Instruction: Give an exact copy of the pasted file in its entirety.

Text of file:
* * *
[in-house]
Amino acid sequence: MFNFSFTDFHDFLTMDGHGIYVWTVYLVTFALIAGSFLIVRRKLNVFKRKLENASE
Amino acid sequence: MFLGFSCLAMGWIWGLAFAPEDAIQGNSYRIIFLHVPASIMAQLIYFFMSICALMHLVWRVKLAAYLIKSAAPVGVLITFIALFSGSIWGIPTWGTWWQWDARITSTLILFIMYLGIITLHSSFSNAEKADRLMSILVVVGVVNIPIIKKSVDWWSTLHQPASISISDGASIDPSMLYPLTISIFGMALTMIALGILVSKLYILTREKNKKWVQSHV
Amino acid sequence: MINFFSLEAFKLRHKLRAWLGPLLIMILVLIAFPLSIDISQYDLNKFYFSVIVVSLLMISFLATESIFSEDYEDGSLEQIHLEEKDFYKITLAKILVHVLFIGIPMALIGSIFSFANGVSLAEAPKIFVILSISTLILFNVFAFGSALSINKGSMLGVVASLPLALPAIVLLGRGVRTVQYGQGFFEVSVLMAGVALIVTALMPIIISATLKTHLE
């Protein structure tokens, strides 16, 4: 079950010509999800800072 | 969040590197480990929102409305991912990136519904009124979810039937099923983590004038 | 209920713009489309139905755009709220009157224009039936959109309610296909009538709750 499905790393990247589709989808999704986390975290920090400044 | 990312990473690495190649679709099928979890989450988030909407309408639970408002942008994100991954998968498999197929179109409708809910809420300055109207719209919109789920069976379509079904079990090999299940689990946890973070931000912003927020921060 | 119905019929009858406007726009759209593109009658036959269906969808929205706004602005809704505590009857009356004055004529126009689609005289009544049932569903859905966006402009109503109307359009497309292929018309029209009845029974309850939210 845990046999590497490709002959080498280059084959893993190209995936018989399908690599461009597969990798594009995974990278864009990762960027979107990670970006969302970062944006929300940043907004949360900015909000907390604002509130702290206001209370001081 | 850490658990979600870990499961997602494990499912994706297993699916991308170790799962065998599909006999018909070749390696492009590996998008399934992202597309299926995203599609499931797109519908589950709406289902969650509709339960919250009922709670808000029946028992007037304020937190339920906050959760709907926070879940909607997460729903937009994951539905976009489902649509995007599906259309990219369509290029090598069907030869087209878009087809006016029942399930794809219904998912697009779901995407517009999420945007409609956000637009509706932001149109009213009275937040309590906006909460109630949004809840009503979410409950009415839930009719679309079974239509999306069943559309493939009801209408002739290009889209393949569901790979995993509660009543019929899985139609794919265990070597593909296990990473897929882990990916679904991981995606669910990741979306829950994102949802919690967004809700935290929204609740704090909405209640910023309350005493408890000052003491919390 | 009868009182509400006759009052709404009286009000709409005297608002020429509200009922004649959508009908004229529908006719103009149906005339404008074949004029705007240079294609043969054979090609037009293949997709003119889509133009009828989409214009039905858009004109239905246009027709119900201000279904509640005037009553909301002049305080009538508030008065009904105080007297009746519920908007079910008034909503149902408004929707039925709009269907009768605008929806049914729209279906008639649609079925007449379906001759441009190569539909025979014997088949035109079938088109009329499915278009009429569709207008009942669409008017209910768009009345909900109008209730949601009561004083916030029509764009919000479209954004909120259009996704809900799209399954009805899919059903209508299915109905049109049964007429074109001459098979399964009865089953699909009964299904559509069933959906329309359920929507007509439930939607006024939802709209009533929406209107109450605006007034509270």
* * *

[in-house]
Amino acid sequence: MFNFSFTDFHDFLTMDGHGIYVWTVYLVTFALIAGSFLIVRRKLNVFKRKLENASE
Amino acid sequence: MFLGFSCLAMGWIWGLAFAPEDAIQGNSYRIIFLHVPASIMAQLIYFFMSICALMHLVWRVKLAAYLIKSAAPVGVLITFIALFSGSIWGIPTWGTWWQWDARITSTLILFIMYLGIITLHSSFSNAEKADRLMSILVVVGVVNIPIIKKSVDWWSTLHQPASISISDGASIDPSMLYPLTISIFGMALTMIALGILVSKLYILTREKNKKWVQSHV
Amino acid sequence: MINFFSLEAFKLRHKLRAWLGPLLIMILVLIAFPLSIDISQYDLNKFYFSVIVVSLLMISFLATESIFSEDYEDGSLEQIHLEEKDFYKITLAKILVHVLFIGIPMALIGSIFSFANGVSLAEAPKIFVILSISTLILFNVFAFGSALSINKGSMLGVVASLPLALPAIVLLGRGVRTVQYGQGFFEVSVLMAGVALIVTALMPIIISATLKTHLE
């Protein structure tokens, strides 16, 4: 079950010509999800800072 | 969040590197480990929102409305991912990136519904009124979810039937099923983590004038 | 209920713009489309139905755009709220009157224009039936959109309610296909009538709750 499905790393990247589709989808999704986390975290920090400044 | 990312990473690495190649679709099928979890989450988030909407309408639970408002942008994100991954998968498999197929179109409708809910809420300055109207719209919109789920069976379509079904079990090999299940689990946890973070931000912003927020921060 | 119905019929009858406007726009759209593109009658036959269906969808929205706004602005809704505590009857009356004055004529126009689609005289009544049932569903859905966006402009109503109307359009497309292929018309029209009845029974309850939210 845990046999590497490709002959080498280059084959893993190209995936018989399908690599461009597969990798594009995974990278864009990762960027979107990670970006969302970062944006929300940043907004949360900015909000907390604002509130702290206001209370001081 | 850490658990979600870990499961997602494990499912994706297993699916991308170790799962065998599909006999018909070749390696492009590996998008399934992202597309299926995203599609499931797109519908589950709406289902969650509709339960919250009922709670808000029946028992007037304020937190339920906050959760709907926070879940909607997460729903937009994951539905976009489902649509995007599906259309990219369509290029090598069907030869087209878009087809006016029942399930794809219904998912697009779901995407517009999420945007409609956000637009509706932001149109009213009275937040309590906006909460109630949004809840009503979410409950009415839930009719679309079974239509999306069943559309493939009801209408002739290009889209393949569901790979995993509660009543019929899985139609794919265990070597593909296990990473897929882990990916679904991981995606669910990741979306829950994102949802919690967004809700935290929204609740704090909405209640910023309350005493408890000052003491919390 | 009868009182509400006759009052709404009286009000709409005297608002020429509200009922004649959508009908004229529908006719103009149906005339404008074949004029705007240079294609043969054979090609037009293949997709003119889509133009009828989409214009039905858009004109239905246009027709119900201000279904509640005037009553909301002049305080009538508030008065009904105080007297009746519920908007079910008034909503149902408004929707039925709009269907009768605008929806049914729209279906008639649609079925007449379906001759441009190569539909025979014997088949035109079938088109009329499915278009009429569709207008009942669409008017209910768009009345909900109008209730949601009561004083916030029509764009919000479209954004909120259009996704809900799209399954009805899919059903209508299915109905049109049964007429074109001459098979399964009865089953699909009964299904559509069933959906329309359920929507007509439930939607006024939802709209009533929406209107109450605006007034509270």